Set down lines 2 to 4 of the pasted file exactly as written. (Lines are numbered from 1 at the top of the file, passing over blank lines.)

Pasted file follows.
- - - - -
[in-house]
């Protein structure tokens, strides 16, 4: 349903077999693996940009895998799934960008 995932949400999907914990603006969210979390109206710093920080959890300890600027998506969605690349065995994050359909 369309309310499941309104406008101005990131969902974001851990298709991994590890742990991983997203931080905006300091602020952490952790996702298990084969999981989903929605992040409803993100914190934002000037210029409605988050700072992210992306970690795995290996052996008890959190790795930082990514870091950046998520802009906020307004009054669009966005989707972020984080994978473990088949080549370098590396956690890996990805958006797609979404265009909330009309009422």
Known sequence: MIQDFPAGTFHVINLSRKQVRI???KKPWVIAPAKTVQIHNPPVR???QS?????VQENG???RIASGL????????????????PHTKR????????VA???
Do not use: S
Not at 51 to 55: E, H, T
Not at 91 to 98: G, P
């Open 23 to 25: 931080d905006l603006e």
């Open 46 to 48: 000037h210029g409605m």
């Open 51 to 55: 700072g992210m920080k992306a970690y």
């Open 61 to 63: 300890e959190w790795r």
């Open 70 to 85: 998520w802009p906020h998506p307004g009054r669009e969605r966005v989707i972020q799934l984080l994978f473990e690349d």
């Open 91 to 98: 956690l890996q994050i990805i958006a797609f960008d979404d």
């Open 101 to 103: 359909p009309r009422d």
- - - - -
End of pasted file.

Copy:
């Protein structure tokens, strides 16, 4: 349903077999693996940009895998799934960008 995932949400999907914990603006969210979390109206710093920080959890300890600027998506969605690349065995994050359909 369309309310499941309104406008101005990131969902974001851990298709991994590890742990991983997203931080905006300091602020952490952790996702298990084969999981989903929605992040409803993100914190934002000037210029409605988050700072992210992306970690795995290996052996008890959190790795930082990514870091950046998520802009906020307004009054669009966005989707972020984080994978473990088949080549370098590396956690890996990805958006797609979404265009909330009309009422």
Known sequence: MIQDFPAGTFHVINLSRKQVRI???KKPWVIAPAKTVQIHNPPVR???QS?????VQENG???RIASGL????????????????PHTKR????????VA???
Do not use: S